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Restaurants Can't Make Servers Share Tips With Kitchen Staff, Says Court

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Tip-pooling is used to even out the pay disparity between servers and cooks

Robert S. Donovan/Flickr

As restaurants across the country debate whether to oust tipping, things are getting a little more complicated for restaurateurs in several U.S. states.

Earlier this week, California's 9th Circuit Court of Appeals upheld a previous 2011 ruling that bans restaurants from making servers and bartenders share their tips with back of the house employees, reports the LA Times. Such tip-pooling practices are sometimes used to even out the disparity of pay between the front of house staff, who typically earn much higher wages due to tips, and cooks and dishwashers, who only take home a flat hourly rate.

The Times notes that this probably won't have a huge impact on the current state of things in California, as most of the state's restaurants do not participate in this practice since it's "a legal gray area." But the ruling also applies to six other states where service employees earn the full state minimum, as opposed to the lower tipped minimum, in addition to gratuities — namely Alaska, Minnesota, Montana, Nevada, Oregon and Washington. (The lack of a separate, lower minimum wage for tipped workers in those states can further increase the disparity between front of the house and back of the house pay.)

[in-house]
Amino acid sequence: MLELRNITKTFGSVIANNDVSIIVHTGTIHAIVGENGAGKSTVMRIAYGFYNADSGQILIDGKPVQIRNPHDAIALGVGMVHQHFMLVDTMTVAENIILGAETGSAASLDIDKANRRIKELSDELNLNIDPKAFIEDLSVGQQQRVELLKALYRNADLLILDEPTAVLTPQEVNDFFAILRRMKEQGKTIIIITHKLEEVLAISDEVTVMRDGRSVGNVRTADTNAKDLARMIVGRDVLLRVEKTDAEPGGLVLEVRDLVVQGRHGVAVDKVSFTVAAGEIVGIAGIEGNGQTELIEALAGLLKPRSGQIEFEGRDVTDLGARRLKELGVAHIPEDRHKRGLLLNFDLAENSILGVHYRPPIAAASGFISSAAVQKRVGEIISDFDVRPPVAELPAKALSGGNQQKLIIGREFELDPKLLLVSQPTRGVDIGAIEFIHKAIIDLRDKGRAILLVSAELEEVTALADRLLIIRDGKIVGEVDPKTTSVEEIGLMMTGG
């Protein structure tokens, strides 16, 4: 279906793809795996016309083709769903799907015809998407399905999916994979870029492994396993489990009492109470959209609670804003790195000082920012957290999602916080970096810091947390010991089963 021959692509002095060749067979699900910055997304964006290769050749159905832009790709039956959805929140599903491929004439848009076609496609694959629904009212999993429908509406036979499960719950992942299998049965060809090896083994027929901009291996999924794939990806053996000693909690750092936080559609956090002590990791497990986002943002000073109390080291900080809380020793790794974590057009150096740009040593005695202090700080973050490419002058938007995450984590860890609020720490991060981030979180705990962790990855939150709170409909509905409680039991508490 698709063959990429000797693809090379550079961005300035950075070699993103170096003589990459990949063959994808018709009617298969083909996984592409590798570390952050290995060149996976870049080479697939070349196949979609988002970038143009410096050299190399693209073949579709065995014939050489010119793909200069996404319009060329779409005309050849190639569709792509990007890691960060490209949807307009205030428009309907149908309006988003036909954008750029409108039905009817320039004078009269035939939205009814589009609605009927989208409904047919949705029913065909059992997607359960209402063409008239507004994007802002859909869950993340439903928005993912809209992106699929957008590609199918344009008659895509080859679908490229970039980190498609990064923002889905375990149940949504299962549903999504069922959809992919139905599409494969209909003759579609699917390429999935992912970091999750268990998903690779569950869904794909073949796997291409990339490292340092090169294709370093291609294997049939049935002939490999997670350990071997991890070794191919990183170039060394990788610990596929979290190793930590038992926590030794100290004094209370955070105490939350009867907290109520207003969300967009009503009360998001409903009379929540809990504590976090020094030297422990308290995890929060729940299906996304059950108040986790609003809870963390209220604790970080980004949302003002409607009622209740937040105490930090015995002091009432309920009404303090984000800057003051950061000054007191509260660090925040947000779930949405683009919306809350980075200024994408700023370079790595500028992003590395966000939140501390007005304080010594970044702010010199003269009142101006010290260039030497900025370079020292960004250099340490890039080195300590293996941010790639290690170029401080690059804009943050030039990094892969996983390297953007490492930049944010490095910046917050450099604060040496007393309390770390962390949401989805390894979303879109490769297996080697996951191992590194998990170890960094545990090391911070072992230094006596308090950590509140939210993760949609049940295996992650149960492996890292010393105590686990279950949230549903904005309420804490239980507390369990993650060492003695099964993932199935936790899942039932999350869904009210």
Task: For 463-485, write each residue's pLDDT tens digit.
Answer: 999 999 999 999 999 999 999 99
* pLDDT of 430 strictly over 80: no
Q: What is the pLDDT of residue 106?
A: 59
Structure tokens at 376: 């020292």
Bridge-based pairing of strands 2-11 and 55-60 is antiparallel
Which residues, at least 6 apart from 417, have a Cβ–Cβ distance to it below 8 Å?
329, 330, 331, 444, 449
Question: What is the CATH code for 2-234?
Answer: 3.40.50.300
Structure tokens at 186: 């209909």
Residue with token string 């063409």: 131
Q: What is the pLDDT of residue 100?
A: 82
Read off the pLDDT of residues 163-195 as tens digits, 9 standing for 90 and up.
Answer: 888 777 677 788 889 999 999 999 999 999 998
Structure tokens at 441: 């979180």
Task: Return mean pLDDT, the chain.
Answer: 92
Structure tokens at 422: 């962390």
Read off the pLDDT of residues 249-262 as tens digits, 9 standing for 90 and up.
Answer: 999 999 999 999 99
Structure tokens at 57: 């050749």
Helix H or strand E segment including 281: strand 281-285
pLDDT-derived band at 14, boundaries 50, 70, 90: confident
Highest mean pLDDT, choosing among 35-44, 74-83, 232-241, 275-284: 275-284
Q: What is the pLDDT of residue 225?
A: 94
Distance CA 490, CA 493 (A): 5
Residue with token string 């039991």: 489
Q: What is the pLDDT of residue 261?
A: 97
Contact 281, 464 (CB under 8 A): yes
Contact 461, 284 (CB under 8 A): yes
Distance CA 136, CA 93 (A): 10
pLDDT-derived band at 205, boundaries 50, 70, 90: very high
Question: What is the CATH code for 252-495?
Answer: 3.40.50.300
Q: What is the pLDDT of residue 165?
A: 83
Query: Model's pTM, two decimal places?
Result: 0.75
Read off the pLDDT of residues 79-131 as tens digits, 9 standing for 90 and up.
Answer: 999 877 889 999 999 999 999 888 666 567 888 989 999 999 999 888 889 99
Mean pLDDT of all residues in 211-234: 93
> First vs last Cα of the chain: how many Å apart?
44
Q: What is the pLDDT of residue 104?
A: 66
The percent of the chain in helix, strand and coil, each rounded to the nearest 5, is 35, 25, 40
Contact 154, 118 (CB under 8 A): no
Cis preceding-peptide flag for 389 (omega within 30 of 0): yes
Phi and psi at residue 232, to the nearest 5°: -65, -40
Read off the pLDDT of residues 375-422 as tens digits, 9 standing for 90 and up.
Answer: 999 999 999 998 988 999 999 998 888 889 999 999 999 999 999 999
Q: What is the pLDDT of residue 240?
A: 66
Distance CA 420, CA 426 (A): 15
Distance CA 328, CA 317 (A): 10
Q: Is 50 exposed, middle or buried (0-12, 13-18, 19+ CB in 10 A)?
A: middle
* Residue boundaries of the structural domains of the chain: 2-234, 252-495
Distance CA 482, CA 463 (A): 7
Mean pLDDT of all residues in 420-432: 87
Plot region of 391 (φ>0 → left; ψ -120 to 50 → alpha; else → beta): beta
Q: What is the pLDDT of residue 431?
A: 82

The ruling was spurred by lawsuits from workers in several states, including dealers at Las Vegas's Wynn casino who said management "was taking their tips to share with other workers."

But the service industry isn't taking this one lying down: According to Nation's Restaurant News, some industry groups such as the Washington Restaurant Association are planning to appeal the court's decision, while warning its members that they may "face some legal risk if they did not change the tip pool policies" currently in place.

The situation adds fuel to the current debate that's raging over how businesses should pay their employees in the face of rising minimum wages and healthcare costs. Restaurateur Danny Meyer is famously navigating those choppy waters by ousting tipping at his New York restaurants in favor of higher menu prices (and higher wages for both front and back of house employees).

Others, such as The Radler in Chicago and LA's Otium, are implementing across-the-board service charges; both systems help to even out the disparity between pay rates for servers and cooks. And some restaurants are finding other creative solutions to that problem: LA restaurant Alimento added an additional tipping line to its receipts that allows customers to leave a separate tip for kitchen staff.